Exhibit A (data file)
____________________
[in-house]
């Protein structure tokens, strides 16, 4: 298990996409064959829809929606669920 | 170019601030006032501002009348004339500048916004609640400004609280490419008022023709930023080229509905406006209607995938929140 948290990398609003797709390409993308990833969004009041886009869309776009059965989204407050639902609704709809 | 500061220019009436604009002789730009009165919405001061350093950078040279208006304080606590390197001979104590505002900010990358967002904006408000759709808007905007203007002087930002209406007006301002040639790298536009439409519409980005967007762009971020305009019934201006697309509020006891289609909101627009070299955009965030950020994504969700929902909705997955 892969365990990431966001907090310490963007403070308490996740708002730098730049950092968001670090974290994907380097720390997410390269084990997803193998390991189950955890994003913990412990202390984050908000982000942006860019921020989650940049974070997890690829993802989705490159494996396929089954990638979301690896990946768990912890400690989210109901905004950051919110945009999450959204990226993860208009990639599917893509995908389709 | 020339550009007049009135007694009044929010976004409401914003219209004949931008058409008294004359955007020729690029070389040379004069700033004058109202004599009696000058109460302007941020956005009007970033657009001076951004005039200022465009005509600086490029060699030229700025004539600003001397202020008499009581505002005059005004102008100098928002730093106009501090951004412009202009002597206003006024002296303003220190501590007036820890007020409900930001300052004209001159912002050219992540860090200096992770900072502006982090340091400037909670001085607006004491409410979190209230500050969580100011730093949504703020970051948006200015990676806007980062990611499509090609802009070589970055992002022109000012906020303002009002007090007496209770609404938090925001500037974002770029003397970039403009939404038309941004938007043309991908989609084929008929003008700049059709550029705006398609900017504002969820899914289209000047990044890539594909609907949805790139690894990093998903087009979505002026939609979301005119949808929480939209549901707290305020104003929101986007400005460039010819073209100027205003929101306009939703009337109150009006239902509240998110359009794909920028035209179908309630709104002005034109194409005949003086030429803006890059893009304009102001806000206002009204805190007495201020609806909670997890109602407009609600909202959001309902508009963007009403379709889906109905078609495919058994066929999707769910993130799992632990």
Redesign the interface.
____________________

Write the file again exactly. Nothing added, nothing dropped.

[in-house]
């Protein structure tokens, strides 16, 4: 298990996409064959829809929606669920 | 170019601030006032501002009348004339500048916004609640400004609280490419008022023709930023080229509905406006209607995938929140 948290990398609003797709390409993308990833969004009041886009869309776009059965989204407050639902609704709809 | 500061220019009436604009002789730009009165919405001061350093950078040279208006304080606590390197001979104590505002900010990358967002904006408000759709808007905007203007002087930002209406007006301002040639790298536009439409519409980005967007762009971020305009019934201006697309509020006891289609909101627009070299955009965030950020994504969700929902909705997955 892969365990990431966001907090310490963007403070308490996740708002730098730049950092968001670090974290994907380097720390997410390269084990997803193998390991189950955890994003913990412990202390984050908000982000942006860019921020989650940049974070997890690829993802989705490159494996396929089954990638979301690896990946768990912890400690989210109901905004950051919110945009999450959204990226993860208009990639599917893509995908389709 | 020339550009007049009135007694009044929010976004409401914003219209004949931008058409008294004359955007020729690029070389040379004069700033004058109202004599009696000058109460302007941020956005009007970033657009001076951004005039200022465009005509600086490029060699030229700025004539600003001397202020008499009581505002005059005004102008100098928002730093106009501090951004412009202009002597206003006024002296303003220190501590007036820890007020409900930001300052004209001159912002050219992540860090200096992770900072502006982090340091400037909670001085607006004491409410979190209230500050969580100011730093949504703020970051948006200015990676806007980062990611499509090609802009070589970055992002022109000012906020303002009002007090007496209770609404938090925001500037974002770029003397970039403009939404038309941004938007043309991908989609084929008929003008700049059709550029705006398609900017504002969820899914289209000047990044890539594909609907949805790139690894990093998903087009979505002026939609979301005119949808929480939209549901707290305020104003929101986007400005460039010819073209100027205003929101306009939703009337109150009006239902509240998110359009794909920028035209179908309630709104002005034109194409005949003086030429803006890059893009304009102001806000206002009204805190007495201020609806909670997890109602407009609600909202959001309902508009963007009403379709889906109905078609495919058994066929999707769910993130799992632990």
Redesign the interface.